What does your divorce attorney want you to know?

Working with an attorney can be timely and expensive, but it doesn’t have to be. There are many things that a divorce attorney wants a new client to know to help them keep their finances and time spent on a case under control. Here are a few of them:

(1) Be responsive, in a timely manner. Many clients are not as responsive as they should be to their attorney, which can cause delays in the case. Attorneys handle many cases at the same time and, as such, it is best if you respond quickly to their requests. A lot of people who do not want to get divorced will find themselves taking their time getting back to their lawyer, or not responding for weeks at a time. It might seem like a good idea at the time, or it may be a coping mechanism, but it can be very costly. Attorneys need answers quickly in a lot of scenarios, and failing to respond could cause an attorney to set a hearing date when you need to be present on a date that doesn’t work for you, or could cause them to have to obtain a continuance if they don’t have the information they need from you.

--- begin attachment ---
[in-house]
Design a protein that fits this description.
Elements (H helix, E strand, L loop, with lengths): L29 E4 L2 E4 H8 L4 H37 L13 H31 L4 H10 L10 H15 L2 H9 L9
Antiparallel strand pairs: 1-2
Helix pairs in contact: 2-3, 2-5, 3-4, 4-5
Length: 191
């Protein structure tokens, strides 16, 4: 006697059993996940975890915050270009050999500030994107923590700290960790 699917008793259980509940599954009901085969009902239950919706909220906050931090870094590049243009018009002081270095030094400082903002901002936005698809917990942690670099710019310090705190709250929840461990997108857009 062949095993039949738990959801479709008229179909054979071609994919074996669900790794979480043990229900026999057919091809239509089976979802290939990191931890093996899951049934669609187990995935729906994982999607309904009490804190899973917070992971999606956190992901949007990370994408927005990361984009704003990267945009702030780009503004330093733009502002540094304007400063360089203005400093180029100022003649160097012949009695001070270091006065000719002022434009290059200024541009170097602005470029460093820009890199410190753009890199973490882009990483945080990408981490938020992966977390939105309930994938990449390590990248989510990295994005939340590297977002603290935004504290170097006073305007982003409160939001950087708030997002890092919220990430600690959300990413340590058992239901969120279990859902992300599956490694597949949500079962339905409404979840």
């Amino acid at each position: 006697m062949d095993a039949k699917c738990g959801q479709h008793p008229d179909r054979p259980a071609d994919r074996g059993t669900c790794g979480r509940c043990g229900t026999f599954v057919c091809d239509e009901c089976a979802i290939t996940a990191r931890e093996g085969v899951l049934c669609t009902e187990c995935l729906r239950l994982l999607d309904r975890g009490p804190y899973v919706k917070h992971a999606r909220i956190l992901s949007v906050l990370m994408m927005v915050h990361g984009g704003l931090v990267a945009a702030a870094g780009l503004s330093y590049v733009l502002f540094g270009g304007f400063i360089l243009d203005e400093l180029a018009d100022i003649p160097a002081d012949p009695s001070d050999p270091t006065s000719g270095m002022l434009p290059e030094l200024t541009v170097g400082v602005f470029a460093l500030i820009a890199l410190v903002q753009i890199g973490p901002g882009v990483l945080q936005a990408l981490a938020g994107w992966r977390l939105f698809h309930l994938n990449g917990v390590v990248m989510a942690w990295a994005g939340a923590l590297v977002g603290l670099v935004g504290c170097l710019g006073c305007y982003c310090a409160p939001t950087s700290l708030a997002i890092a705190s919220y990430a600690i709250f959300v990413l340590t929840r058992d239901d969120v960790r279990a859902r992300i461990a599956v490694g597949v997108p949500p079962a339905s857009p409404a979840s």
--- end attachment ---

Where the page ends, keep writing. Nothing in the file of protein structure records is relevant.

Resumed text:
(2) Be compliant with requests in a timely manner. Many parties don’t realize that they are their own worst enemy and cause the delays in the case. For example, if you are given discovery to answer within three weeks, answer it within three weeks, completely, and concisely. Be organized and make sure your documents are organized by date and account type. Don’t push it off until the last minute. Don’t email your attorney asking if opposing “really needs” XY and Z. With some exceptions, it is best to comply and send everything to your attorney as quickly as possible. This will keep opposing from having to file motions to enforce discovery, which can be costly.

(3) Tell the truth. This is a mistake a lot of clients make. They believe that telling their attorney the truth about something will make them look bad; or, in many cases, they just don’t tell their attorney about something crucial, all together. You do not want your attorney to find out something that can be damaging to your case for the first time from the opposing attorney or in front of a Judge, when they don’t have the opportunity to talk to you about same. Telling the truth and being up front about potential pitfalls allows your attorney to plan with you accordingly, and then they are not taken by surprise.

Following these few simple guidelines help to mitigate costs as well as time, and ensure that you and your attorney have a great working relationship.

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